Fujitsu will launch a new program for its cloud computing business specifically to target the independent software vendor (ISV) channel.
Last month, it nabbed a multi-million dollar contract to deliver collaborative software-as-a-service (SaaS) to Westpac.
Fujitsu’s global cloud is a standardised platform available in six countries around the world. It is been touted as a flexible option for ISVs to take their softwares and distribute them to clients through the cloud.
“We see huge opportunities in having a channel for ISVs,” Fujitsu cloud group executive director, Cameron McNaught, said. “In the past ISVs used client-sever models or CDs to deliver their software.
“We have deliberately built this platform to allow ISVs to come on, partner with us and turn their applications into SaaS offerings to deliver that to their user-base.”
ISVs are inherently cost-conscious and Fujitsu’s global cloud platform gives them a low-cost infrastructure platform with easy real-time provisioning, he said.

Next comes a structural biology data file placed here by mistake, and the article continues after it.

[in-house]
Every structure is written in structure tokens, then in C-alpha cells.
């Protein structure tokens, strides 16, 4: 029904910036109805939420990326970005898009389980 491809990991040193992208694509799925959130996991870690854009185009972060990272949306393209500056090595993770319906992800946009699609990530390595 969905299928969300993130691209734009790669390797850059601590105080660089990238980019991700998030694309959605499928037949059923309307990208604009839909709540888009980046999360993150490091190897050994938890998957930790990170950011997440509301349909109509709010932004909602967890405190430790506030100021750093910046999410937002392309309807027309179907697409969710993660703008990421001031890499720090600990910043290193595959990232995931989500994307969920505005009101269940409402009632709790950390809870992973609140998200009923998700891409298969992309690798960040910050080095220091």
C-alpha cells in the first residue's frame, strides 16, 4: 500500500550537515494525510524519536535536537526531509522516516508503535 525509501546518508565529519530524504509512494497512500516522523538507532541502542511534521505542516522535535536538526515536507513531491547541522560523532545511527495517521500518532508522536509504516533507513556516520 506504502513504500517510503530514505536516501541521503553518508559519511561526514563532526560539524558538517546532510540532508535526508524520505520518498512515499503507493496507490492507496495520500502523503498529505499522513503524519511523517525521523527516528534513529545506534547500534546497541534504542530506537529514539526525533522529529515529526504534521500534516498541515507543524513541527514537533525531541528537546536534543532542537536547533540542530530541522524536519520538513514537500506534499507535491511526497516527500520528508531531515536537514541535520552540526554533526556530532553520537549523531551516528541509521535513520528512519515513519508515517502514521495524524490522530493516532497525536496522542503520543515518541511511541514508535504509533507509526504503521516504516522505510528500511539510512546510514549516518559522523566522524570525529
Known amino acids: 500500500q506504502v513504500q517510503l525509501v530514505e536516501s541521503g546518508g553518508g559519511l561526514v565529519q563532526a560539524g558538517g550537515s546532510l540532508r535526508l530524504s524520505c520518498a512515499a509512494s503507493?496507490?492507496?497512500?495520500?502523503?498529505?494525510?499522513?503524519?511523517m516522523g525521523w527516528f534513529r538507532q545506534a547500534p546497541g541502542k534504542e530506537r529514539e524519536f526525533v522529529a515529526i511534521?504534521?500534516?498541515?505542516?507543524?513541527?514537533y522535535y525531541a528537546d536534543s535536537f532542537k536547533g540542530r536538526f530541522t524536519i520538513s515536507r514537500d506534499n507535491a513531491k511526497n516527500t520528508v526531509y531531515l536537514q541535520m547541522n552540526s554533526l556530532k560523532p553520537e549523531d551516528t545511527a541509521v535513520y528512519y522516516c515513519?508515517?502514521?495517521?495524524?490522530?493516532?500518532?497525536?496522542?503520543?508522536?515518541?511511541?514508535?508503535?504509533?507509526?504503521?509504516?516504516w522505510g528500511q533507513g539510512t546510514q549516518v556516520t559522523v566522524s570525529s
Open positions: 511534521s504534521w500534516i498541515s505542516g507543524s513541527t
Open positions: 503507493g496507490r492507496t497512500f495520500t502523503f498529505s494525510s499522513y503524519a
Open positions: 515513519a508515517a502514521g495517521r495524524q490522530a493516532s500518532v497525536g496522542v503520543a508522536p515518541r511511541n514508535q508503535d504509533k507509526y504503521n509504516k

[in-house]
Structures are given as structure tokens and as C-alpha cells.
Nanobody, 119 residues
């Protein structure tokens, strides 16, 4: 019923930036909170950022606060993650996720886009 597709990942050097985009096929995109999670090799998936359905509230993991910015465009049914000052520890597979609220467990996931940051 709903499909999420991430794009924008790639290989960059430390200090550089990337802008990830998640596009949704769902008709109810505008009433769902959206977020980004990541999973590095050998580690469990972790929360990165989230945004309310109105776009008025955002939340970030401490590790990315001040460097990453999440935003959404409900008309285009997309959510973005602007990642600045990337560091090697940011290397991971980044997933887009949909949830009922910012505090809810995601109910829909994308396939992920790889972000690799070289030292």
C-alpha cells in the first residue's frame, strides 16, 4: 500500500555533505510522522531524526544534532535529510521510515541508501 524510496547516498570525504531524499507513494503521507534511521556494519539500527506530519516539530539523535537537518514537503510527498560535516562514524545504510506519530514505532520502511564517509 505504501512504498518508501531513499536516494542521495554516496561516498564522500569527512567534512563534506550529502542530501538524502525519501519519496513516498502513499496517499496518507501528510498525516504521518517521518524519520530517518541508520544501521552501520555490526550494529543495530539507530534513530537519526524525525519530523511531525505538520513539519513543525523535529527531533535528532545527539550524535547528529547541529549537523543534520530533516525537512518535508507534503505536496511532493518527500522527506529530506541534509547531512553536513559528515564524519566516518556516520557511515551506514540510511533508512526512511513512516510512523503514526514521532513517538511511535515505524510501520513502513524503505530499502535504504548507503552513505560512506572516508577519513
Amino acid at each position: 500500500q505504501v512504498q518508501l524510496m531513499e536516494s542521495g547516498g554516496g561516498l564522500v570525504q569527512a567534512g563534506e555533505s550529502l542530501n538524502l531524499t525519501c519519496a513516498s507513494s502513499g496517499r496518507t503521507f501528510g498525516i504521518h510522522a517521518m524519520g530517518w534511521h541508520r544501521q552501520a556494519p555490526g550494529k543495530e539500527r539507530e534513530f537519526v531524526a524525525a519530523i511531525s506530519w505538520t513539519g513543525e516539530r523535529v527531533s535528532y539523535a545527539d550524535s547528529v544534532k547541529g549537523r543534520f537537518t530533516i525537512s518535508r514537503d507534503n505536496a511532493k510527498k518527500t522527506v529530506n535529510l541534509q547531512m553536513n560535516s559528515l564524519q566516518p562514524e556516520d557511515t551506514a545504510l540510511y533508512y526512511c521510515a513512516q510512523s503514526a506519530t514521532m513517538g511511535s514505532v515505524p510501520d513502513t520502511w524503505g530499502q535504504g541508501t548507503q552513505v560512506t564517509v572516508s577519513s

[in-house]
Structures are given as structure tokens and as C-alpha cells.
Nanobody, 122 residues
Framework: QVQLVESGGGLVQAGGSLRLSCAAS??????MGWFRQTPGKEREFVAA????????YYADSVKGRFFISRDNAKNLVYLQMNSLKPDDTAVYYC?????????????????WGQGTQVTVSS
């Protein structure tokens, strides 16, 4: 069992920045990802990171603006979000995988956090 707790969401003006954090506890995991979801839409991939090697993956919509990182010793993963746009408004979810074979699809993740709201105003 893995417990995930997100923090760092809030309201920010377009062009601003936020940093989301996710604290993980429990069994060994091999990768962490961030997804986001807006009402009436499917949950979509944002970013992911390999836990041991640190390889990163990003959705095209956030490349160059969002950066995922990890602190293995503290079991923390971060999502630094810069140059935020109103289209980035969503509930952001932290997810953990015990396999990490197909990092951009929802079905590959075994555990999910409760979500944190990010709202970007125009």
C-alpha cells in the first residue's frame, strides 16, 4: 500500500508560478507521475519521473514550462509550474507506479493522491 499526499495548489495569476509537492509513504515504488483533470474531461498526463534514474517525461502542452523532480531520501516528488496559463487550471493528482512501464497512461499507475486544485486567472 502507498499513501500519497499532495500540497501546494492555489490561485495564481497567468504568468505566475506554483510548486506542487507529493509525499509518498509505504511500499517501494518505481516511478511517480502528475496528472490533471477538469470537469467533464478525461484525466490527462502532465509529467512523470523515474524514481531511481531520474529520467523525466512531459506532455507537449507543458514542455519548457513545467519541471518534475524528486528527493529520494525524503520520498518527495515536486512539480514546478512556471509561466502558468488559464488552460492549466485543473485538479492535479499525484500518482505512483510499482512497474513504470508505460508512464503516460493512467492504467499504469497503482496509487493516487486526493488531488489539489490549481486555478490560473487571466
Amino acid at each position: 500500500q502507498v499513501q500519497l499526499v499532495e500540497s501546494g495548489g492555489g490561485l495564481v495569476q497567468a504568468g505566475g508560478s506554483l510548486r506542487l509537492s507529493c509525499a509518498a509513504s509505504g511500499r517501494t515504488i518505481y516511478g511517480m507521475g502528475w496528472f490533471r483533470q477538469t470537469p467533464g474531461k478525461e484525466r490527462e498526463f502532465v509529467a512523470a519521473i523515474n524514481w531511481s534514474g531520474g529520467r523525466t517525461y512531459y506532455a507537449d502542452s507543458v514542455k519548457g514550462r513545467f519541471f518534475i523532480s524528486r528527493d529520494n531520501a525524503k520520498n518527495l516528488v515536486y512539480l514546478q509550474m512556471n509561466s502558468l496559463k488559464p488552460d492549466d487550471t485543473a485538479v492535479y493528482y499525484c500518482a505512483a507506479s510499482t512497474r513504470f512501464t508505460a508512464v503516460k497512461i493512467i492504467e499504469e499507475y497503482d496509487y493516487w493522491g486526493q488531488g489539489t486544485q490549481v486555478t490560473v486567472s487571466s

The fact services remain in Australia is important for the ISVs’ application response time and performance. Data being stored locally is also a perk.
One of the defining features of the platform is the Cloud Catalogue Manager, software which allows ISVs to take their products and turn them into multi-tenanted SaaS applications without the need to rewrite the application to suit the platform. This can reduce set-up time to 1-3 weeks.
Fujitsu is currently running a pilot program to test ISVs on the global cloud platform. So far there have been five participants in the trial and the IT service provider is ready to launch the program commercially.
The new program is expected to be launched soon.
McNaught estimated there are around 3500 ISVs in Australia and a number of them are looking at ways to move into the cloud.
“Most SaaS providers today are new businesses that started up on SaaS and didn’t have a traditional business they want to move,” he said. “Now the traditional guys are looking at how they can move.
Over the past six months, confidence in the cloud has swelled from enterprise right down to SMBs, McNaught said. Fujitsu is confident a number of ISVs will jump on-board its cloud platforms in the next few months.
“We see the value we can offer is not just in the platform and technology,” McNaught said. “We can offer a broad market access to ISVs as well.”
Since Fujitsu’s global cloud platform is standardised, ISVs also have the option to deploy their software in other countries.
So far, the platform is available in Australia, Japan, Singapore, Germany, UK and the US.